The Pleasure of Re-Reading Books

March 20, 2009

bonesetter1 sensibility

I’ve already read each of the books chosen for April in my two mother-daughter book clubs. I remember liking The Bonesetter’s Daughter by Amy Tan and Sense and Sensibility by Jane Austen when I read them, but it’s been years since I finished those books. I usually have so many titles to read (you know the old adage, so many books, so little time) that I rarely pick up something that I’ve read before. But sometimes it’s worth revisiting the gems of the past. Each time I do, I learn something or notice a detail I didn’t get before. And, because this time I’m reading each of the books to discuss with one of my daughters, I will think about things that may have meaning for them as well. I look forward to finding out what that may be.

After today, I’ll be taking a break from blogging for the next two weeks. My kitchen remodel is almost finished, but the last bits are either forcing me from my home (refinishing the wood floors) or have me running around moving things all day long (replacing carpets). I plan to have time to read, though, and I’ll be back in April with another batch of book reviews in addition to the ones I’m reading for book club and news from other groups with fresh ideas for you.

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Book Review: Howl’s Moving Castle by Diana Wynne Jones

March 18, 2009

howls-castle

Catherine and I recently finished Howl’s Moving Castle by Diana Wynne Jones for our mother-daughter book club. We had not read a fantasy tale for a few years, and it was fun to set off into another world for a change. We had a great discussion when we got together with everyone from our group. Some of had seen the movie before, but reading the book gave us a whole new idea of what Howl’s world was like. Here’s an official review:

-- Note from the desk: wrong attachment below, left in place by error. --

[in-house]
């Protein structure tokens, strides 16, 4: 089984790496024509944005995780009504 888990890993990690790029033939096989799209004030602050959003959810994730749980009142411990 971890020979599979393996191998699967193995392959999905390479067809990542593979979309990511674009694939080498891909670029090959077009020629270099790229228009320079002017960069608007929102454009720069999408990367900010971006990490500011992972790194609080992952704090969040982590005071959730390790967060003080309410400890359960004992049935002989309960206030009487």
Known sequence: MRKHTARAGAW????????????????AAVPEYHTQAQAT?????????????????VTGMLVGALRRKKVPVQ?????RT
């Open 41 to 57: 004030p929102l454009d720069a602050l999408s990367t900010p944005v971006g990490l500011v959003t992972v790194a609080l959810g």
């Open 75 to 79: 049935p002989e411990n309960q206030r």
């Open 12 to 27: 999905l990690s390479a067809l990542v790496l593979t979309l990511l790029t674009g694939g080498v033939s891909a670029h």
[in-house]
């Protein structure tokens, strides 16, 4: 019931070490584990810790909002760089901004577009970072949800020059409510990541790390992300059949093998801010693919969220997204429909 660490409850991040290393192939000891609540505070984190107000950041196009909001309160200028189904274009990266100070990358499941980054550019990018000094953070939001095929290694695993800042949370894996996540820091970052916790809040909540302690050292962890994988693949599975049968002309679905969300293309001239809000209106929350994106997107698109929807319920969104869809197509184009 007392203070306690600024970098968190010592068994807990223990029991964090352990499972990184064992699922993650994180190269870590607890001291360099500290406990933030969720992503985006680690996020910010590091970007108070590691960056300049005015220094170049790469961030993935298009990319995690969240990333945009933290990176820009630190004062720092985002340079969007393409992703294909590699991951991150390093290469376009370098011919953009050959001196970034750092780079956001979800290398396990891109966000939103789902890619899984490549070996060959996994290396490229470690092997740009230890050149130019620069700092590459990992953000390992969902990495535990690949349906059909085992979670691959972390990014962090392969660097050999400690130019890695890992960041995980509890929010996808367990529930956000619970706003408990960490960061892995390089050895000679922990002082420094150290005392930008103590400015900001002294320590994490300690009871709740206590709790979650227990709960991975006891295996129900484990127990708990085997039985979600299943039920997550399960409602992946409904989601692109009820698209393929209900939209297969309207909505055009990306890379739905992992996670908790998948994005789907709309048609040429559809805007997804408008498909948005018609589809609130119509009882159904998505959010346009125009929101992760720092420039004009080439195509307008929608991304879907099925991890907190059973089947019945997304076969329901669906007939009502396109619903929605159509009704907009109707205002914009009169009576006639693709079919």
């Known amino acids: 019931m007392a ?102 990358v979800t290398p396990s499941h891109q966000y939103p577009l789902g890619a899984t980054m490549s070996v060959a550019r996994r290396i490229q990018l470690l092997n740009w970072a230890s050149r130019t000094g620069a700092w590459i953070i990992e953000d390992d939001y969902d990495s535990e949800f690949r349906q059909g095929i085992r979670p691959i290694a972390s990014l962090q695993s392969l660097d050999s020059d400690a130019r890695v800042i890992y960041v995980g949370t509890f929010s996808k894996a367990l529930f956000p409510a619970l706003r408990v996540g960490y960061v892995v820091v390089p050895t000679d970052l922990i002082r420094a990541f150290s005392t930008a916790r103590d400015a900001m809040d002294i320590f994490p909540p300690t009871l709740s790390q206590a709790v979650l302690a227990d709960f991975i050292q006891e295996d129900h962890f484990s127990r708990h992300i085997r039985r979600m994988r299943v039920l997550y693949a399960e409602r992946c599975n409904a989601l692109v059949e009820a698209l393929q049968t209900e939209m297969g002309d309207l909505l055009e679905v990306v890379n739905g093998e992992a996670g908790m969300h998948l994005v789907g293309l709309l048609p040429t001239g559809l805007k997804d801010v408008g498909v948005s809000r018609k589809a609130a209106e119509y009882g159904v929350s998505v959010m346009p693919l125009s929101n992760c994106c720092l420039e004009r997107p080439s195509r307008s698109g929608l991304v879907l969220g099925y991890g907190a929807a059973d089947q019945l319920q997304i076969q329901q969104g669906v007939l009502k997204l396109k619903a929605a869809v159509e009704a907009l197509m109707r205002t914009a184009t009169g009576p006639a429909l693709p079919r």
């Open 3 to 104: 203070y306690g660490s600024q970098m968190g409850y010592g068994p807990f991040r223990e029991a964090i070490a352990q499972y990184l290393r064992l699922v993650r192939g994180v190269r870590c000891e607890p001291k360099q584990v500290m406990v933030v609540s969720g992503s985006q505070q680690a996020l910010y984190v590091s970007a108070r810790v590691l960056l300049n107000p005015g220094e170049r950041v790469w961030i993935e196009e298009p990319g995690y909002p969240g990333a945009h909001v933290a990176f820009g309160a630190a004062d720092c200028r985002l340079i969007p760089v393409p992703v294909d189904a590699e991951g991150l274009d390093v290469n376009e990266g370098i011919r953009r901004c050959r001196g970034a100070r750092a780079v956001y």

Sophie is sure that her life is meant to come to nothing, because where she lives the eldest child is always ill-fated. So when times get tough for her family she is content to stay home and work in the family hat shop while her two younger sisters go off to bright futures working in a bakery and learning magic. But when the Witch of the Waste comes into her shop one day and casts a spell on Sophie, making her appear old, she decides to set off into the wider world where she knows no one.

When her old bones become tired at the end of her first day of wandering, she finds herself at the edge of the wizard Howl’s castle. The castle is enchanted; it moves and blows puffs of smoke constantly. Although Sophie is afraid of Howl because she heard he eats young girls’ souls, in the guise of an old woman she thinks she will be safe. With thoughts of finding a warm fireside and a comfy chair, Sophie goes into the castle.

She finds Howl’s assistant Michael, and his fire demon, Calcifer, but Howl is not in. As Sophie makes herself useful and becomes a part of the castle life, she begins to learn more and more about Howl, Calcifer and Michael. Gradually, as she gets to know them, they become like a second family to her. But can she keep Howl from being taken by the Witch of the Waste? And can she break a magical spell that binds Calcifer to Howl, so the spell on her can be broken as well?

Howl’s Moving Castle brings up issues of creating family for yourself and seeing people for who they truly are, despite the masks they put up to keep others at a distance. It’s about finding love and acceptance, and not being afraid to look for the magic in small moments. The castle itself is fascinating, with its door leading to different villages depending on which colored-button is facing down, its ability to move its location and its permanent window looking onto a sunny port town. Our mother-daughter book club members thought the ending felt a bit rushed, but otherwise we all enjoyed reading it and talking about Sophie, Howl and all the characters. I recommend it for book clubs with daughters aged 13 and up.